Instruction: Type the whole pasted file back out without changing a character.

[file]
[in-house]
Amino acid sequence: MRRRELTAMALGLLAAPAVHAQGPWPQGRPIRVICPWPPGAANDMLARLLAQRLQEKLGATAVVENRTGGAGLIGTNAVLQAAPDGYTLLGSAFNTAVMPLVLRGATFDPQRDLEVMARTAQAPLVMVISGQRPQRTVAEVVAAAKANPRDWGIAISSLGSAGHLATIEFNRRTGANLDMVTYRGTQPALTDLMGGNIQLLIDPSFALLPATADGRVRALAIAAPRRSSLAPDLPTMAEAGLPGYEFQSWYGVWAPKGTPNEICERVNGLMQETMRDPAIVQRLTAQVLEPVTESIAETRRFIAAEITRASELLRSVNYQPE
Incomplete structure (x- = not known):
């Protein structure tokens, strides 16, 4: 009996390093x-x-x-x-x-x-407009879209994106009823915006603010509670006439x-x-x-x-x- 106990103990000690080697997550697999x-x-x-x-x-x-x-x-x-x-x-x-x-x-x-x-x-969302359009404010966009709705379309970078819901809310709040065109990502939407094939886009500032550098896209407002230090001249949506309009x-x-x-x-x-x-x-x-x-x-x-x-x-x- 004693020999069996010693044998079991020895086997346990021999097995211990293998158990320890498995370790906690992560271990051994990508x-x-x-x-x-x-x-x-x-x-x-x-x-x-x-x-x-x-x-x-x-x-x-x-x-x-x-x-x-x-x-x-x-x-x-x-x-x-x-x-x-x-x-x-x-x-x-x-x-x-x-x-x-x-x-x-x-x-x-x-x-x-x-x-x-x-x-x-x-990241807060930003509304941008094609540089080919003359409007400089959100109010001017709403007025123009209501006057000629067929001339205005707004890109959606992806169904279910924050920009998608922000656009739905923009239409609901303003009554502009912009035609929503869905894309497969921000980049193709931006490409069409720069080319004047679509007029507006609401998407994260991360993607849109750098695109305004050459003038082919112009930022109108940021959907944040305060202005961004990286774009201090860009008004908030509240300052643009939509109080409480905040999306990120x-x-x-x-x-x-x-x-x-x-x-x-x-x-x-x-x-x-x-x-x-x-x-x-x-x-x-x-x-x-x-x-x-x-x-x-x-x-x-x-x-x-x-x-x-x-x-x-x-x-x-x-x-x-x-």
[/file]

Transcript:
[in-house]
Amino acid sequence: MRRRELTAMALGLLAAPAVHAQGPWPQGRPIRVICPWPPGAANDMLARLLAQRLQEKLGATAVVENRTGGAGLIGTNAVLQAAPDGYTLLGSAFNTAVMPLVLRGATFDPQRDLEVMARTAQAPLVMVISGQRPQRTVAEVVAAAKANPRDWGIAISSLGSAGHLATIEFNRRTGANLDMVTYRGTQPALTDLMGGNIQLLIDPSFALLPATADGRVRALAIAAPRRSSLAPDLPTMAEAGLPGYEFQSWYGVWAPKGTPNEICERVNGLMQETMRDPAIVQRLTAQVLEPVTESIAETRRFIAAEITRASELLRSVNYQPE
Incomplete structure (x- = not known):
């Protein structure tokens, strides 16, 4: 009996390093x-x-x-x-x-x-407009879209994106009823915006603010509670006439x-x-x-x-x- 106990103990000690080697997550697999x-x-x-x-x-x-x-x-x-x-x-x-x-x-x-x-x-969302359009404010966009709705379309970078819901809310709040065109990502939407094939886009500032550098896209407002230090001249949506309009x-x-x-x-x-x-x-x-x-x-x-x-x-x- 004693020999069996010693044998079991020895086997346990021999097995211990293998158990320890498995370790906690992560271990051994990508x-x-x-x-x-x-x-x-x-x-x-x-x-x-x-x-x-x-x-x-x-x-x-x-x-x-x-x-x-x-x-x-x-x-x-x-x-x-x-x-x-x-x-x-x-x-x-x-x-x-x-x-x-x-x-x-x-x-x-x-x-x-x-x-x-x-x-x-x-990241807060930003509304941008094609540089080919003359409007400089959100109010001017709403007025123009209501006057000629067929001339205005707004890109959606992806169904279910924050920009998608922000656009739905923009239409609901303003009554502009912009035609929503869905894309497969921000980049193709931006490409069409720069080319004047679509007029507006609401998407994260991360993607849109750098695109305004050459003038082919112009930022109108940021959907944040305060202005961004990286774009201090860009008004908030509240300052643009939509109080409480905040999306990120x-x-x-x-x-x-x-x-x-x-x-x-x-x-x-x-x-x-x-x-x-x-x-x-x-x-x-x-x-x-x-x-x-x-x-x-x-x-x-x-x-x-x-x-x-x-x-x-x-x-x-x-x-x-x-």